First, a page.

A handicraft, sometimes more expressed as artisanal handicraft or handmade, is any of a wide variety of types of work where useful and decorative objects are made by hand or by using only simple tools. It is a traditional main sector of craft, applies to a wide range of creative and design activities that are related to making things with one's hands and skill, including work with textiles and rigid materials, plant fibers, etc. One of the world's oldest handicraft is Dhokra; the term is applied to traditional techniques of creating items that are both practical and aesthetic. Handicraft industries are those that produces things with hands to meet the needs of the people in their locality. Machines are not used. Collective terms for handicrafts include artisanry, handicrafting and handicraftsmanship; the term arts and crafts is applied in the United States and to hobbyists' and children's output rather than items crafted for daily use, but this distinction is not formal, the term is confused with the Arts and Crafts design movement, in fact as practical as it is aesthetic.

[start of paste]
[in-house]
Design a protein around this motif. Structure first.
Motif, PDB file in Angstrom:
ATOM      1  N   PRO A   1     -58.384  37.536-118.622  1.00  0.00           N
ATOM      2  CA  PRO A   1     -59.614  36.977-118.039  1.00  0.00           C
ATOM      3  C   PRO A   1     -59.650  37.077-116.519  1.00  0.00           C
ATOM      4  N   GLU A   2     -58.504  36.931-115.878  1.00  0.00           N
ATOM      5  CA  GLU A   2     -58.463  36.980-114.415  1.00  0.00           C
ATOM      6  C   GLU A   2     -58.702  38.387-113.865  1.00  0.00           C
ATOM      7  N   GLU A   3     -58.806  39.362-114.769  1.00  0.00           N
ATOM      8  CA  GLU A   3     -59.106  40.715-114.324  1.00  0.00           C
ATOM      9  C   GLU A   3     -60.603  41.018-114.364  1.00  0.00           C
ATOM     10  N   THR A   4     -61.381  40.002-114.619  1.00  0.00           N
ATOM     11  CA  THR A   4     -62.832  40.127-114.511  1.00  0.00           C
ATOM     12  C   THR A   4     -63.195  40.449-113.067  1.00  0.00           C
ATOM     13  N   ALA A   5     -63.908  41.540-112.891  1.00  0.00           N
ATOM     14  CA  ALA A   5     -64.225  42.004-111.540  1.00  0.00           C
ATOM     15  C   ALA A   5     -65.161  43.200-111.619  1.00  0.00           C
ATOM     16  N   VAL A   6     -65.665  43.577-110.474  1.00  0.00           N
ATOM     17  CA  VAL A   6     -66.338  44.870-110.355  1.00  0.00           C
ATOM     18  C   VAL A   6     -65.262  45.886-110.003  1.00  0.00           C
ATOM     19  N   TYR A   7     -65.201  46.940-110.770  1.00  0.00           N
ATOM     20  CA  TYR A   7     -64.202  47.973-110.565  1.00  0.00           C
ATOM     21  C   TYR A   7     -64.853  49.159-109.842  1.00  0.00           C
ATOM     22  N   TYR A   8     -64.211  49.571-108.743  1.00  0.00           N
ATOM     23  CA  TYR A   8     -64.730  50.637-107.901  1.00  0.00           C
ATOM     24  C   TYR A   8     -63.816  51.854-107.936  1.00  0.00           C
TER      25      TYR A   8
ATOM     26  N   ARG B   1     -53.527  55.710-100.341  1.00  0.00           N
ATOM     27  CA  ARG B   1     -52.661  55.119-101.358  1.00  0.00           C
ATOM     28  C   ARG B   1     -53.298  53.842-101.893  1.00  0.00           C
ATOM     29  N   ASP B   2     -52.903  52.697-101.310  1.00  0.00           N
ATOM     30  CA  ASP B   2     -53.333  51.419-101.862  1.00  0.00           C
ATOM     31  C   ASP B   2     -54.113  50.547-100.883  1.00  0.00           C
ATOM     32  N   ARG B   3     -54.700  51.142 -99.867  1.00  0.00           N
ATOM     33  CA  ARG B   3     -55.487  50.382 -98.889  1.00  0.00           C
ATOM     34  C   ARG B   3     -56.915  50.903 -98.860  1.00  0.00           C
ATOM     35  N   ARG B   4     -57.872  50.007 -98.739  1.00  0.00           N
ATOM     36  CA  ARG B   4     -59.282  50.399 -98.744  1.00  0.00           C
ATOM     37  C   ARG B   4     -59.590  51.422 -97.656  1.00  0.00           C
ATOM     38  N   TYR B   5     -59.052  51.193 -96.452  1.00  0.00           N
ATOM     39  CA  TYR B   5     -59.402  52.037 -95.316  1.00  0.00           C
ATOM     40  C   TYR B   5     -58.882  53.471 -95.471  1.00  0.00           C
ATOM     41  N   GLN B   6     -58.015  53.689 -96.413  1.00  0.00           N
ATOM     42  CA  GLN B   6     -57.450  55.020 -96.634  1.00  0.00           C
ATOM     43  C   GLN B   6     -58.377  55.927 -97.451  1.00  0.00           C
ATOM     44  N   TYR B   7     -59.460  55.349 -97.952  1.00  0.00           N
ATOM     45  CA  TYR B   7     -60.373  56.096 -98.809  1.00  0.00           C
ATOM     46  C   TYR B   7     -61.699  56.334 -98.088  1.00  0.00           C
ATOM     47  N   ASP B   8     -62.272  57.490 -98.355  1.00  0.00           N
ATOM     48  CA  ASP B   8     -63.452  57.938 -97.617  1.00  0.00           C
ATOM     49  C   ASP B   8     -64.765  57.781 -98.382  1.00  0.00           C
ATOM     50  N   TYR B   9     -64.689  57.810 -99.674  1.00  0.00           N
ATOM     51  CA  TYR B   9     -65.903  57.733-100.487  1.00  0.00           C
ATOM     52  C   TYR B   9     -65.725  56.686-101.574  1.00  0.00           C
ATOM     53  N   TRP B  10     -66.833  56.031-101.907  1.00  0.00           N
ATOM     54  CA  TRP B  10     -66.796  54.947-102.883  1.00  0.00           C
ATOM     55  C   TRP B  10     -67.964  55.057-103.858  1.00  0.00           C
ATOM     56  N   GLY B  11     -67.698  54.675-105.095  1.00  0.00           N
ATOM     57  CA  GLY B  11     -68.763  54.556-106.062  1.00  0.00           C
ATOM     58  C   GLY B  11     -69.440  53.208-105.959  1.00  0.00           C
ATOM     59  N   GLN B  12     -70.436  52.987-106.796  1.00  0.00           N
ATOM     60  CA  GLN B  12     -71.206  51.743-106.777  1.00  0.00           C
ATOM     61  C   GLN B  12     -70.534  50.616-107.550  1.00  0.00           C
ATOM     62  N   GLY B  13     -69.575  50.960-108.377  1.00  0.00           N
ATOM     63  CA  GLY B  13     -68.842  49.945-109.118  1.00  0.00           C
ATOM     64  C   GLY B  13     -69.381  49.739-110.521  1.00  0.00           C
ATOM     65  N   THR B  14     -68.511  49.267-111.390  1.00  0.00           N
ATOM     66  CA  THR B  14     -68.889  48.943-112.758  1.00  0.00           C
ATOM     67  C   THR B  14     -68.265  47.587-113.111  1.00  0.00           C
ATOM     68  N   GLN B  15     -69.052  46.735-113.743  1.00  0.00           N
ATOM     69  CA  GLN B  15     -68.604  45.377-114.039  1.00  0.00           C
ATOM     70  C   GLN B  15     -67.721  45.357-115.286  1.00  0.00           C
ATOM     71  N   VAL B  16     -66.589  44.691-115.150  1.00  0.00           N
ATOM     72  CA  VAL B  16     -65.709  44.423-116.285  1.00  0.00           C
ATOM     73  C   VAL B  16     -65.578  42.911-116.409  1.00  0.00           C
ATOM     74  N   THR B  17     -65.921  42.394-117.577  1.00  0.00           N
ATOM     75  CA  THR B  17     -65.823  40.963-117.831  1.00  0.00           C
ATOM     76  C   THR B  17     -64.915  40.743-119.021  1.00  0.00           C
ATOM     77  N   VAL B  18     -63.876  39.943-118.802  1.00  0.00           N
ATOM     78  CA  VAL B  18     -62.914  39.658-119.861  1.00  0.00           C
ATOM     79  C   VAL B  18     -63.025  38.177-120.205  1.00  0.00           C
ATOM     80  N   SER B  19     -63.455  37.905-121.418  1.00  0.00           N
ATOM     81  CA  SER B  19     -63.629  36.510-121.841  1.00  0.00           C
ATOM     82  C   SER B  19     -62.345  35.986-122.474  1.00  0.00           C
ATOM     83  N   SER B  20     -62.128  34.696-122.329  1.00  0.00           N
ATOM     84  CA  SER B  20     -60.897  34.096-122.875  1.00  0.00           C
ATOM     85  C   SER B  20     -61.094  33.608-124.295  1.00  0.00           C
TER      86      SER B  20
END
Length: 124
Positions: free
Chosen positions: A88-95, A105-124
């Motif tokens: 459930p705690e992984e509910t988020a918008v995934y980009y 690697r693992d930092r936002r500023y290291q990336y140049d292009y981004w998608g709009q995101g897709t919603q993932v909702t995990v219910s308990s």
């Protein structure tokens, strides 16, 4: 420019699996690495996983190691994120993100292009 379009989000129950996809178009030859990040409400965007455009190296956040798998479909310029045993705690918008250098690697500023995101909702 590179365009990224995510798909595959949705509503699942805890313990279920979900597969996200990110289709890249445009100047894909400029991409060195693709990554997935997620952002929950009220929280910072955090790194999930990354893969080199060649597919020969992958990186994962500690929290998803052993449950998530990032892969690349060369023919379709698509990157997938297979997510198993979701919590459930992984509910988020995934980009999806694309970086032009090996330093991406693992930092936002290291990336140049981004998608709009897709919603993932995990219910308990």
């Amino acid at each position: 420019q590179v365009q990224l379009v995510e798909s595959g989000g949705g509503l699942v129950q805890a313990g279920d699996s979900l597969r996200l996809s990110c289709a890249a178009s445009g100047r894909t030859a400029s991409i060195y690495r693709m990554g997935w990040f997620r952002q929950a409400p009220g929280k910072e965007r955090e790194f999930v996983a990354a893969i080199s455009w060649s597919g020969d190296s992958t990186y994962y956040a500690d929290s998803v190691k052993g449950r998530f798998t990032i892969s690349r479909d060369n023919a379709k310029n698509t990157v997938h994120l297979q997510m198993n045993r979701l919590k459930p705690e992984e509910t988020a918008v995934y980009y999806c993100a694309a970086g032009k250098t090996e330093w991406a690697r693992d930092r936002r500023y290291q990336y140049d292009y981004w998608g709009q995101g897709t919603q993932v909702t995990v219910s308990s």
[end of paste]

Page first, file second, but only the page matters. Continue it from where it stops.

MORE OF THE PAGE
Handicrafting has its roots in the rural crafts—the material-goods necessities—of ancient civilizations, many specific crafts have been practiced for centuries, while others are modern inventions, or popularizations of crafts which were practiced in a limited geographic area. Many handicrafters use natural entirely indigenous, materials while others may prefer modern, non-traditional materials, upcycle industrial materials; the individual artisanship of a handicrafted item is the paramount criterion. Seen as developing the skills and creative interests of students and sometimes towards a particular craft or trade, handicrafts are integrated into educational systems, both informally and formally. Most crafts require the development of skill and the application of patience, but can be learned by anyone. Like folk art, handicraft output has cultural and/or religious significance, may have a political message as well, as in craftivism. Many crafts become popular for brief periods of time, spreading among the crafting population as everyone emulates the first examples their popularity wanes until a resurgence.